They updated a lot of the materials in May 2021.  We like the way you can customize the games to concentrate on specific grapheme phoneme correspondences.


Our pupils loved the games. There are games to support rhyming skills such as Topple the Tower and Robert Robot:

As well as games like Feed the Monster and Build the Word which focus on oral blending and segmenting:

The software allows you to choose which scheme you want to follow, as well as your regional accent preference (north or south of England):

Once pupils are confident at using the games online, you can also produce pdf’s of specific patterns to reinforce areas that they are working on. This was useful to set as targeted homework.

Busy things does not replace the work we need to do to help strengthen phonological awareness skills but it is a really useful tool. Children can independently use the game on laptops during class reading time or other pockets of the school day.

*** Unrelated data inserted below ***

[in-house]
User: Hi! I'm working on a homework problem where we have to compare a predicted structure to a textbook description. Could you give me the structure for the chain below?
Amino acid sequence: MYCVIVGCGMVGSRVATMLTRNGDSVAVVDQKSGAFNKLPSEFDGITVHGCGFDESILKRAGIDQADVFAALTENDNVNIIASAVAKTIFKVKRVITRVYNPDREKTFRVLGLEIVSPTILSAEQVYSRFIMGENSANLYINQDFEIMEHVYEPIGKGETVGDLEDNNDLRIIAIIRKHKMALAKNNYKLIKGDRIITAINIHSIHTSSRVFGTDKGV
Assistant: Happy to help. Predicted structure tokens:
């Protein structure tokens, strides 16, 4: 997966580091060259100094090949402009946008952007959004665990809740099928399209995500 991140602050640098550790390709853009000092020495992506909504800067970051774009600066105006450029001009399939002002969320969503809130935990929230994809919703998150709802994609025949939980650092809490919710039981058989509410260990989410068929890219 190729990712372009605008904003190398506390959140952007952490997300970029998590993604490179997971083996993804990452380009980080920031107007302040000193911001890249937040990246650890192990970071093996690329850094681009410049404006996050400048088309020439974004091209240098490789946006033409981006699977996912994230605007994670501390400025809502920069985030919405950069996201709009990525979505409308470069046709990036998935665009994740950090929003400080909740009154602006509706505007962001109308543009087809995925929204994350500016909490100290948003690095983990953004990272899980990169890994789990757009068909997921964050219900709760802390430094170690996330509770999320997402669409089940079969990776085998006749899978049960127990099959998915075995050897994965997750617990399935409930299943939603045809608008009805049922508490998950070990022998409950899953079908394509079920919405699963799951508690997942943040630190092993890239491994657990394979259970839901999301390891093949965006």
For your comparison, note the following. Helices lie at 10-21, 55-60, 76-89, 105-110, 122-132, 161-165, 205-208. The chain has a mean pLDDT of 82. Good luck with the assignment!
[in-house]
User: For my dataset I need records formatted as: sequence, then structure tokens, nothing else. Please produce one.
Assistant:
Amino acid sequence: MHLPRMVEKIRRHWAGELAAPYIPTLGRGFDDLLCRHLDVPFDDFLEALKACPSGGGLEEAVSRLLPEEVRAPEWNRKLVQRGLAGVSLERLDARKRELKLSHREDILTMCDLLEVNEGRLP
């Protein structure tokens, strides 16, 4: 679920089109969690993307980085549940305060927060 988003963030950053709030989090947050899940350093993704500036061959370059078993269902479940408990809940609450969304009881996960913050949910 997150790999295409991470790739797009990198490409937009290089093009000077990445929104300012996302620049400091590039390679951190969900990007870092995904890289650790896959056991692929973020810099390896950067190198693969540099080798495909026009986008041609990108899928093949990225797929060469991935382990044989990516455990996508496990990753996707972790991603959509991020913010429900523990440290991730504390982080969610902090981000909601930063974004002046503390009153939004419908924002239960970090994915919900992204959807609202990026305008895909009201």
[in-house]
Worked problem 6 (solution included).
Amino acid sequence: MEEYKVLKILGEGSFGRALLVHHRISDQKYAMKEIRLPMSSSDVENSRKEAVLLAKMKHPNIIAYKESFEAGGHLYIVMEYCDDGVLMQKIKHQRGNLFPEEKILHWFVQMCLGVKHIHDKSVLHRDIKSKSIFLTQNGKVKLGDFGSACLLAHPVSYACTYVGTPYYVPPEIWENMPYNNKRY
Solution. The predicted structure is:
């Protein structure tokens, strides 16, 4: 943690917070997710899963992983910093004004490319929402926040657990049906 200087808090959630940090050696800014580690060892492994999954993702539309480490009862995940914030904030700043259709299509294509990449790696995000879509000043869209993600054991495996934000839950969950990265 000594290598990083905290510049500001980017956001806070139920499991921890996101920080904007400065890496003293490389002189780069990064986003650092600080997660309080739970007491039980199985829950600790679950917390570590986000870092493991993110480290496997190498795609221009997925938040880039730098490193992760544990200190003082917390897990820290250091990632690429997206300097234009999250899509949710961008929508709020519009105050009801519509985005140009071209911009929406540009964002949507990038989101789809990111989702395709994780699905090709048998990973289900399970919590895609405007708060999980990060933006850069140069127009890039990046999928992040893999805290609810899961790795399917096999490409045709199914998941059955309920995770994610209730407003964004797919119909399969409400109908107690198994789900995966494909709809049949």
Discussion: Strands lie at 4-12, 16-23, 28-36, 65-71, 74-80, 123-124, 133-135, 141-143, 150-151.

Teachers can set up class profiles and monitor how their pupils are doing.

For more information, there are youtube videos on how to get started, as well as tutorials online. Alternatively, do contact us for more information. While not experts,  we are  happy to share what we have learnt!

Tower Hamlets Language, Literacy and Communication Team

September 2021






Communication aids – technology is only the start

When a child or young person has difficulty with speaking technology can step in and quickly provide a means of communication. There are simple, dedicated, devices, like Big Macs and GoTalks , which are designed solely for the purpose of providing a voice, or there are apps to install on iPads and PCs. The first of these take short, recorded messages that are replayed when a button is pushed. The latter are more sophisticated and can be developed to do much more than provide speech, including controlling aspects of the environment, such as lighting and heating, or to operate the device, opening and closing apps, running searches and sending messages.